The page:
“Then he lays his plans. He typewrites a letter, forges the signature of the erstwhile Count, and awaits events. The fish does rise to the bait. He gets sundry bits of money, and his success makes him daring. He looks round him for an accomplice—clever, unscrupulous, greedy—and selects Mr. Edward Skinner, probably some former pal of his wild oats days.
“The plan was very neat, you must confess. Mr. Skinner takes the room in Russell House, and studies all the manners and customs of his landlady and her servant. He then draws the full attention of the police upon himself. He meets Morton in West Street, then disappears ostensibly after the ‘assault.’ In the meanwhile Morton goes to Russell House. He walks upstairs, talks loudly in the room, then makes elaborate preparations for his comedy.”
“Why! he nearly died of starvation!”
“That, I dare say, was not a part of his reckoning. He thought, no doubt, that Mrs. Chapman or the servant would discover and rescue him pretty soon. He meant to appear just a little faint, and endured quietly the first twenty-four hours of inanition. But the excitement and want of food told on him more than he expected. After twenty-four hours he turned very giddy and sick, and, falling from one fainting fit into another, was unable to give the alarm.
“However, he is all right again now, and concludes his part of a downright blackguard to perfection. Under the plea that his conscience does not allow him to live with a lady whose first husband is still alive, he has taken a bachelor flat in London, and only pays afternoon calls on his wife in Brighton. But presently he will tire of his bachelor life, and will return to his wife. And I’ll guarantee that the Comte de la Tremouille will never be heard of again.”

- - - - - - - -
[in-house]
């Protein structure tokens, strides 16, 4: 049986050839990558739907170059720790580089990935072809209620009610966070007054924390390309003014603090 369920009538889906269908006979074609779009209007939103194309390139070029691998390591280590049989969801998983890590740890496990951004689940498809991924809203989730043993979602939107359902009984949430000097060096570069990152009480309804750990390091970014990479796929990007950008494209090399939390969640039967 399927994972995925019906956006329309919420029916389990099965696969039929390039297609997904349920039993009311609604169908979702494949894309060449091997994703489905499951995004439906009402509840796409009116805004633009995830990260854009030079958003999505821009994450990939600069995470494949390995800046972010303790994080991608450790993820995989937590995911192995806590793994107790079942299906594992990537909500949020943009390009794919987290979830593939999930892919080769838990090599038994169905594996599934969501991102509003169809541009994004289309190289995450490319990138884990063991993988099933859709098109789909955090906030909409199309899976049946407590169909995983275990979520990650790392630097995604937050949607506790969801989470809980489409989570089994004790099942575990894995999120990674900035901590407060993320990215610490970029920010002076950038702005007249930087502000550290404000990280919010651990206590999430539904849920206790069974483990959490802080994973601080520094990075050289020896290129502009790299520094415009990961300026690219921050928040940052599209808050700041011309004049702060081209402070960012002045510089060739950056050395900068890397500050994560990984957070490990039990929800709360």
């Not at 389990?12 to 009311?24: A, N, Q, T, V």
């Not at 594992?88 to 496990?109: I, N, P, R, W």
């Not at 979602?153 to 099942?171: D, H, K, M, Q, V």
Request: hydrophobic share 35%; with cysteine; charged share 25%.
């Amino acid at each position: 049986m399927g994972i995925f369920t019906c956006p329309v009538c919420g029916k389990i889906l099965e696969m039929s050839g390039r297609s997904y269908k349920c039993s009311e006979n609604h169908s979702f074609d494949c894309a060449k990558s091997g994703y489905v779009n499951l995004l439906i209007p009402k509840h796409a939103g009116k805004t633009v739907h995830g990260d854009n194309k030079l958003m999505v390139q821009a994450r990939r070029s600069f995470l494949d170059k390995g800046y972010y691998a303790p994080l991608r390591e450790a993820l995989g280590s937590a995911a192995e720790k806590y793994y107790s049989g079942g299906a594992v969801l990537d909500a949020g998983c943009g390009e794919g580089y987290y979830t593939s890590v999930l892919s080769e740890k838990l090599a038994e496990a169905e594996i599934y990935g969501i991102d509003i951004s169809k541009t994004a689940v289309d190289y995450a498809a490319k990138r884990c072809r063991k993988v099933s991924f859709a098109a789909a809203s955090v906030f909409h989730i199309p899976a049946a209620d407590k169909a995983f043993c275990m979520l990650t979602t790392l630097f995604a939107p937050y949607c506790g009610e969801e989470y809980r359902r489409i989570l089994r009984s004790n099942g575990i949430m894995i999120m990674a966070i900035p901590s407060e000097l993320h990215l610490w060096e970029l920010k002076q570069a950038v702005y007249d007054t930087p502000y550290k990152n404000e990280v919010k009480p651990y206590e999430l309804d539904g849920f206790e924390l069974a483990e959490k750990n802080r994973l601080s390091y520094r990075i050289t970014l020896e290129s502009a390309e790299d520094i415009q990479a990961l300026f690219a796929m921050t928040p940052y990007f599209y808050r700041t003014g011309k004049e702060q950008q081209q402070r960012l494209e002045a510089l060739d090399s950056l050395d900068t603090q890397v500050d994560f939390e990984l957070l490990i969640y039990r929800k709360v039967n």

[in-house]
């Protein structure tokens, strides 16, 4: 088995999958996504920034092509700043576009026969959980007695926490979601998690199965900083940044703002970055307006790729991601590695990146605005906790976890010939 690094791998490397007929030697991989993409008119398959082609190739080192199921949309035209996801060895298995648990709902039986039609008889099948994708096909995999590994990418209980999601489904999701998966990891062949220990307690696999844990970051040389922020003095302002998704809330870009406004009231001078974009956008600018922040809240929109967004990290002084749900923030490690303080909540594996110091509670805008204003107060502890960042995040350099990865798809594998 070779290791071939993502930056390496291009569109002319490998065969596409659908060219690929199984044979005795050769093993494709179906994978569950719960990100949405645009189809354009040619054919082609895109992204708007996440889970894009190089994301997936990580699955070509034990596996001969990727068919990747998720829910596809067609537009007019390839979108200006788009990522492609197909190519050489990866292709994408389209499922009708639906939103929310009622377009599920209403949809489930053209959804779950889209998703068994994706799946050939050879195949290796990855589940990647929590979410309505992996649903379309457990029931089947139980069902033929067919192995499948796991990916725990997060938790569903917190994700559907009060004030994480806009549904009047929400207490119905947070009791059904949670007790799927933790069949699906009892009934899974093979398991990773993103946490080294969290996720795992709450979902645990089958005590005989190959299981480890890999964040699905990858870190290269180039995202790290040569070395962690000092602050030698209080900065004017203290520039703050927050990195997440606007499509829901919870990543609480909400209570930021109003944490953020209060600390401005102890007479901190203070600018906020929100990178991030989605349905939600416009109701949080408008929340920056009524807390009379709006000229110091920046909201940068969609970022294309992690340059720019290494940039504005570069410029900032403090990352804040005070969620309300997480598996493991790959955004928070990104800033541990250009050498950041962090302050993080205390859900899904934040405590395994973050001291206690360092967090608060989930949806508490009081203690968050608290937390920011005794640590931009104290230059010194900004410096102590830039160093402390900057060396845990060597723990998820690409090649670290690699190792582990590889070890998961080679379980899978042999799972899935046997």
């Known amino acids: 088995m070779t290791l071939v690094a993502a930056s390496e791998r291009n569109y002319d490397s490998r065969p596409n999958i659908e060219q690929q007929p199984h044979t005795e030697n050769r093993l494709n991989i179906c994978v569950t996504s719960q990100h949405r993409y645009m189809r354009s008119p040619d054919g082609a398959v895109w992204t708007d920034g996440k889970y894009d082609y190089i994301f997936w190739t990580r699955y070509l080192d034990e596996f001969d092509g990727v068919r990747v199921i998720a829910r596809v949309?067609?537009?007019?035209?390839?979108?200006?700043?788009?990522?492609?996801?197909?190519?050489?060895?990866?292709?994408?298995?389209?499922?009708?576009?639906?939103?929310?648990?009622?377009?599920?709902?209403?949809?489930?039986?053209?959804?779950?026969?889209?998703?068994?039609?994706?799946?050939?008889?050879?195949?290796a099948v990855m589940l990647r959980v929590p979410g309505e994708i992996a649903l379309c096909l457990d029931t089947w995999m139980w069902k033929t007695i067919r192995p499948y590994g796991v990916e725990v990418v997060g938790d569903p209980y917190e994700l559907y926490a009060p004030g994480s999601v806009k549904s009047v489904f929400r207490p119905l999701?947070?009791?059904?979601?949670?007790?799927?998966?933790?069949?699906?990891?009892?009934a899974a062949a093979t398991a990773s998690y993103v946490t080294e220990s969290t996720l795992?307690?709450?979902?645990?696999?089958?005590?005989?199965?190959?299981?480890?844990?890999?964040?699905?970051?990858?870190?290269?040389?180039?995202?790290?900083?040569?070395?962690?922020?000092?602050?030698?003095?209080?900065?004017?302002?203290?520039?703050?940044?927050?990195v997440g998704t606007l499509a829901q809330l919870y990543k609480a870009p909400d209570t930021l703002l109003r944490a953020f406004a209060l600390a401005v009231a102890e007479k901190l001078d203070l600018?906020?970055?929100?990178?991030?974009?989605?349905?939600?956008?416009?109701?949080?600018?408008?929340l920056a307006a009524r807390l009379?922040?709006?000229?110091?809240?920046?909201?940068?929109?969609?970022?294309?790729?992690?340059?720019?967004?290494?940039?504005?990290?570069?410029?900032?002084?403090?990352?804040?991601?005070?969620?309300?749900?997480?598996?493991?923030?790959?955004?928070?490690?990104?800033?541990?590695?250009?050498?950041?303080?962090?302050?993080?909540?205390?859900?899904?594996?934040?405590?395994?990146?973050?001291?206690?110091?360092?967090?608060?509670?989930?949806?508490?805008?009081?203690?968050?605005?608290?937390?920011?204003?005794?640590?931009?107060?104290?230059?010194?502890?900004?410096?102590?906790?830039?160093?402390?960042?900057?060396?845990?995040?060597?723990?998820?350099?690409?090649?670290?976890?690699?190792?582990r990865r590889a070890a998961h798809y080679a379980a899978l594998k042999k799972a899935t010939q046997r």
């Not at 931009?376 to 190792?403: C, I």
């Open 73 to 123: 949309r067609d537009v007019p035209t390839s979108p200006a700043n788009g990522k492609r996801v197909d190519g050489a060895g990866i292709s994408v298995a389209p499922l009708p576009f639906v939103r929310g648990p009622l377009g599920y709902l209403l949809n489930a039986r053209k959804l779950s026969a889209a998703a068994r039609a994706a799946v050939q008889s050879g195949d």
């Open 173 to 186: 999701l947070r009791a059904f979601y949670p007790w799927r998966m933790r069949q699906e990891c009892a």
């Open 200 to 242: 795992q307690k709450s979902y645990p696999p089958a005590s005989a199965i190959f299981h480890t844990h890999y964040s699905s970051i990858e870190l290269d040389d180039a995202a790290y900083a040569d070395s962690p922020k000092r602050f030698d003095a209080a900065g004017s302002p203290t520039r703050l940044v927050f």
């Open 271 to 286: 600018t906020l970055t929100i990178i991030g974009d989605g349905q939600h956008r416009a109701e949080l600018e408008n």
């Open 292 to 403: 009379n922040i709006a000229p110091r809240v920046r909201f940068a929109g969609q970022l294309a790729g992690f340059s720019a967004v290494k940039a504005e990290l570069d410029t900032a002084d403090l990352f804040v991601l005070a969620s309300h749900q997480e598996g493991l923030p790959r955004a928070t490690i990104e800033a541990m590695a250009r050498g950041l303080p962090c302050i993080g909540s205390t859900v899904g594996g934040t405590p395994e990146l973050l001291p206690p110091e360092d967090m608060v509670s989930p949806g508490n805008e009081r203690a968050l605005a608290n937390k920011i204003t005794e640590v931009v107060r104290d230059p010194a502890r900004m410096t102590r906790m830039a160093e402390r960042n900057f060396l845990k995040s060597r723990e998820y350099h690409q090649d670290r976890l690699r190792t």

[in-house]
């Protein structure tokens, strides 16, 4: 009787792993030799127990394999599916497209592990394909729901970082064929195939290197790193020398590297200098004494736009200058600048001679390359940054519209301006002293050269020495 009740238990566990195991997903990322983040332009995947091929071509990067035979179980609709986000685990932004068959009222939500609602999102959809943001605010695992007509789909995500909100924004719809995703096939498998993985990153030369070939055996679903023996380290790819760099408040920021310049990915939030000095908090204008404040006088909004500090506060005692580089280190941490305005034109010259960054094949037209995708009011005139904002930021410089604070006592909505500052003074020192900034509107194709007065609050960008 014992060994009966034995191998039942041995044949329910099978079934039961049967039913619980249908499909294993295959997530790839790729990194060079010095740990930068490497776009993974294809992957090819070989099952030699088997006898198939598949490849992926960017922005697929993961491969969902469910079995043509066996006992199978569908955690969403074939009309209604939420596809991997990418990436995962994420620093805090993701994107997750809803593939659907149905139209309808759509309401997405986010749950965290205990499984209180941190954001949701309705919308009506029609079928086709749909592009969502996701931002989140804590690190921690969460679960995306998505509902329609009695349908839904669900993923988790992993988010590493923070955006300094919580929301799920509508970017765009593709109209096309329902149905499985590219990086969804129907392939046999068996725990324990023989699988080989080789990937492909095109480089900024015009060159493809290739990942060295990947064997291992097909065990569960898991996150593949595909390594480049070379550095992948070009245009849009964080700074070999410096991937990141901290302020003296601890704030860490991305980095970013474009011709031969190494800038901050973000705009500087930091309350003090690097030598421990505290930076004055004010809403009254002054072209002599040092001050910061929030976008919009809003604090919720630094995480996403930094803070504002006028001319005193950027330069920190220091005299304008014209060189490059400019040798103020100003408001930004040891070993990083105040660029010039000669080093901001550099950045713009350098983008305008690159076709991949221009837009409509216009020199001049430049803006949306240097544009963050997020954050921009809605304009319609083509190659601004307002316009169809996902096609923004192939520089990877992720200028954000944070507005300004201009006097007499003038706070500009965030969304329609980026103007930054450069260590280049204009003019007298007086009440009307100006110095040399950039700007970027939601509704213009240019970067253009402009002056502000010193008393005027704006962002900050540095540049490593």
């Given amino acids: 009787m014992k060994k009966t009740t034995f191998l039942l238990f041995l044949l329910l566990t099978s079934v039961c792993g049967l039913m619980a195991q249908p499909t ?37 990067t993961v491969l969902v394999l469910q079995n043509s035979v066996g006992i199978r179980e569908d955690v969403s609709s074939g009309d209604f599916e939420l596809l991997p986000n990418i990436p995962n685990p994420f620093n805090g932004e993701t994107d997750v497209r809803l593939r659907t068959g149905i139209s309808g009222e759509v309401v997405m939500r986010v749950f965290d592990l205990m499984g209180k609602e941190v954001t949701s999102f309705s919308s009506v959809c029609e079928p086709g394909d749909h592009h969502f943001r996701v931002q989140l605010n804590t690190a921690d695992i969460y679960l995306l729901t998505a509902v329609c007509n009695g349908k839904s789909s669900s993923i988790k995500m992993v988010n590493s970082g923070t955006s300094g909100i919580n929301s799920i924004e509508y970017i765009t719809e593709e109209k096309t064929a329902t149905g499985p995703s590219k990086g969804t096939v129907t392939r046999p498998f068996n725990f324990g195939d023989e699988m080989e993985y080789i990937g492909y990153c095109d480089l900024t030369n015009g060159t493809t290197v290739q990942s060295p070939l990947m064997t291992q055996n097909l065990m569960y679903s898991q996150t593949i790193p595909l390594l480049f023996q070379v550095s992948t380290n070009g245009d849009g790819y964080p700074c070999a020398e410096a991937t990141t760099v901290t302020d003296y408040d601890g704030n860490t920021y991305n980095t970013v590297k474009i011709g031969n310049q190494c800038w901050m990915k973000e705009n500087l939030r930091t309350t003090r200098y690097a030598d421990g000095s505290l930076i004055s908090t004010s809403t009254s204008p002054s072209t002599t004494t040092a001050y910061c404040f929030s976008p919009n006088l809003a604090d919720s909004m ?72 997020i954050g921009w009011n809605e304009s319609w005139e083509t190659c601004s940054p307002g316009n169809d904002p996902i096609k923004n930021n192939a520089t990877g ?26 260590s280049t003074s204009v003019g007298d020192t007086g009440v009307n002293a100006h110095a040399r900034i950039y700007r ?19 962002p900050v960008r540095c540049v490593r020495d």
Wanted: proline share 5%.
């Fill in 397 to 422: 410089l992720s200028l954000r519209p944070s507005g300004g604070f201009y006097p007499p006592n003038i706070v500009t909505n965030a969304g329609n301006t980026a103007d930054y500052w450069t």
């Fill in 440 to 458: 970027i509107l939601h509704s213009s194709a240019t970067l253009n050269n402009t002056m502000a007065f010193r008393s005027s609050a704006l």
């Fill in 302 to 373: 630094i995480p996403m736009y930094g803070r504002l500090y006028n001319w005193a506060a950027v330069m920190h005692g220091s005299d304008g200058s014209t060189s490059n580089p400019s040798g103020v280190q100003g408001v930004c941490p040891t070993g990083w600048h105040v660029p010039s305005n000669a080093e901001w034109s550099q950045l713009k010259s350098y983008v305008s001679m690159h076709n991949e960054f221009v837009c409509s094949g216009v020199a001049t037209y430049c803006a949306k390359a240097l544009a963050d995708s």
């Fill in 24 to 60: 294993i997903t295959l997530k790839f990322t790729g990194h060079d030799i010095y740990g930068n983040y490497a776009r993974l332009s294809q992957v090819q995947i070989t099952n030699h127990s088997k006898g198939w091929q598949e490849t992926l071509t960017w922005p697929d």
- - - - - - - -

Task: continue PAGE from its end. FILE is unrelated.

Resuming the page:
And that afternoon the man in the corner left Miss Polly Burton alone with a couple of photos of two uininteresting, stodgy, quiet-looking men—Morton and Skinner—who, if the old scarecrow was right in his theories, wore a pair of the finest blackguards unhung.
THE REGENT’S PARK MURDER
By this time Miss Polly Burton had become quite accustomed to her extraordinary vis-a-vis in the corner.
He was always there, when she arrived, in the selfsame corner, dressed in one of his remarkable check tweed suits; he seldom said good morning, and invariably when she appeared he began to fidget with increased nervousness, with some tattered and knotty piece of string.
“Were you ever interested in the Regent’s Park murder?” he asked her one day.
Polly replied that she had forgotten most of the particulars connected with that curious murder, but that she fully remembered the stir and flutter it had caused in a certain section of London Society.
“The racing and gambling set, particularly, you mean,” he said. “All the persons implicated in the murder, directly or indirectly, were of the type commonly called ‘Society men,’ or ‘men about town,’ whilst the Harewood Club in Hanover Square, round which centred all the scandal in connection with the murder, was one of the smartest clubs in London.